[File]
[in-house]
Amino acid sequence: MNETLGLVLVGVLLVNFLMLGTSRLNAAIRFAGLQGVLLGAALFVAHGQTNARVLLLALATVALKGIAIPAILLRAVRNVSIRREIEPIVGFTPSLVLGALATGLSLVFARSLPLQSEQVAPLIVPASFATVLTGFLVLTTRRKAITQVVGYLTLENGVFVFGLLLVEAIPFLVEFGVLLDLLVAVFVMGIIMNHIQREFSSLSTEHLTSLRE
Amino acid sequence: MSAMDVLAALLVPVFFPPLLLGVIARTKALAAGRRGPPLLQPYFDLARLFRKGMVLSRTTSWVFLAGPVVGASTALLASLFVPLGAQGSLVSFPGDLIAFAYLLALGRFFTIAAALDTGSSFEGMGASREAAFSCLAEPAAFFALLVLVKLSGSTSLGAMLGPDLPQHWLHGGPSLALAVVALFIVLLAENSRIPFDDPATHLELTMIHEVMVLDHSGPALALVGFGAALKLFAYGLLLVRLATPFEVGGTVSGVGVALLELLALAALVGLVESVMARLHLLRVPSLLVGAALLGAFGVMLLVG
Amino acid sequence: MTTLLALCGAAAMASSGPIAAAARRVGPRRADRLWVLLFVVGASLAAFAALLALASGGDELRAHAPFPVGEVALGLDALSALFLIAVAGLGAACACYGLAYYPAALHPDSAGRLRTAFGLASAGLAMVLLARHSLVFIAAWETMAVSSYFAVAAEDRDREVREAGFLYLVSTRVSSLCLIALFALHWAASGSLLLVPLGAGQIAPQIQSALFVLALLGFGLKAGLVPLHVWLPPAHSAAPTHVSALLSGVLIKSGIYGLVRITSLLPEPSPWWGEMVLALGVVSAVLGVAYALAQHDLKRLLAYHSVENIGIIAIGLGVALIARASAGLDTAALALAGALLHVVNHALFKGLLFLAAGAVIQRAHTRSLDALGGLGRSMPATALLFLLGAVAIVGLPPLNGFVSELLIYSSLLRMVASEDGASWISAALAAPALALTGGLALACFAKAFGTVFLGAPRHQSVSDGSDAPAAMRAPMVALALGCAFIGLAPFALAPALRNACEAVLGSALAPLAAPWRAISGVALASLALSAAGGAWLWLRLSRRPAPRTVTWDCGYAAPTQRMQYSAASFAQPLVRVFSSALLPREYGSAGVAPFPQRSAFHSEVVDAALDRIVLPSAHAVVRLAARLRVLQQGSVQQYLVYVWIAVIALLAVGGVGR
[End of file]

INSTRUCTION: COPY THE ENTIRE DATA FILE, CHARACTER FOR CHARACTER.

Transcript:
[in-house]
Amino acid sequence: MNETLGLVLVGVLLVNFLMLGTSRLNAAIRFAGLQGVLLGAALFVAHGQTNARVLLLALATVALKGIAIPAILLRAVRNVSIRREIEPIVGFTPSLVLGALATGLSLVFARSLPLQSEQVAPLIVPASFATVLTGFLVLTTRRKAITQVVGYLTLENGVFVFGLLLVEAIPFLVEFGVLLDLLVAVFVMGIIMNHIQREFSSLSTEHLTSLRE
Amino acid sequence: MSAMDVLAALLVPVFFPPLLLGVIARTKALAAGRRGPPLLQPYFDLARLFRKGMVLSRTTSWVFLAGPVVGASTALLASLFVPLGAQGSLVSFPGDLIAFAYLLALGRFFTIAAALDTGSSFEGMGASREAAFSCLAEPAAFFALLVLVKLSGSTSLGAMLGPDLPQHWLHGGPSLALAVVALFIVLLAENSRIPFDDPATHLELTMIHEVMVLDHSGPALALVGFGAALKLFAYGLLLVRLATPFEVGGTVSGVGVALLELLALAALVGLVESVMARLHLLRVPSLLVGAALLGAFGVMLLVG
Amino acid sequence: MTTLLALCGAAAMASSGPIAAAARRVGPRRADRLWVLLFVVGASLAAFAALLALASGGDELRAHAPFPVGEVALGLDALSALFLIAVAGLGAACACYGLAYYPAALHPDSAGRLRTAFGLASAGLAMVLLARHSLVFIAAWETMAVSSYFAVAAEDRDREVREAGFLYLVSTRVSSLCLIALFALHWAASGSLLLVPLGAGQIAPQIQSALFVLALLGFGLKAGLVPLHVWLPPAHSAAPTHVSALLSGVLIKSGIYGLVRITSLLPEPSPWWGEMVLALGVVSAVLGVAYALAQHDLKRLLAYHSVENIGIIAIGLGVALIARASAGLDTAALALAGALLHVVNHALFKGLLFLAAGAVIQRAHTRSLDALGGLGRSMPATALLFLLGAVAIVGLPPLNGFVSELLIYSSLLRMVASEDGASWISAALAAPALALTGGLALACFAKAFGTVFLGAPRHQSVSDGSDAPAAMRAPMVALALGCAFIGLAPFALAPALRNACEAVLGSALAPLAAPWRAISGVALASLALSAAGGAWLWLRLSRRPAPRTVTWDCGYAAPTQRMQYSAASFAQPLVRVFSSALLPREYGSAGVAPFPQRSAFHSEVVDAALDRIVLPSAHAVVRLAARLRVLQQGSVQQYLVYVWIAVIALLAVGGVGR